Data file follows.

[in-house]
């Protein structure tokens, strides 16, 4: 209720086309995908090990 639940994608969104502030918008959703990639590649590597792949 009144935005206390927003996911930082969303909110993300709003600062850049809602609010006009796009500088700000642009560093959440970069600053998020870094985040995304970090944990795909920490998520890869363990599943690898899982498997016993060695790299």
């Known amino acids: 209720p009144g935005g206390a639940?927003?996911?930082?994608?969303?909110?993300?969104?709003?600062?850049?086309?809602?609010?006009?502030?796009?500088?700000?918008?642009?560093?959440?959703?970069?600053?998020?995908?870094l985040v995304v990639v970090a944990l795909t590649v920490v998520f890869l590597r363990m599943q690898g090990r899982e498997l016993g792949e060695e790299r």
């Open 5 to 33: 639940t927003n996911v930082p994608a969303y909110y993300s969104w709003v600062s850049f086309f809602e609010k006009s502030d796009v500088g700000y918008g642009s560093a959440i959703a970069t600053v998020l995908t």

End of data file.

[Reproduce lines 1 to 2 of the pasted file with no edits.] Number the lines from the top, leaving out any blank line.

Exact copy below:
[in-house]
């Protein structure tokens, strides 16, 4: 209720086309995908090990 639940994608969104502030918008959703990639590649590597792949 009144935005206390927003996911930082969303909110993300709003600062850049809602609010006009796009500088700000642009560093959440970069600053998020870094985040995304970090944990795909920490998520890869363990599943690898899982498997016993060695790299």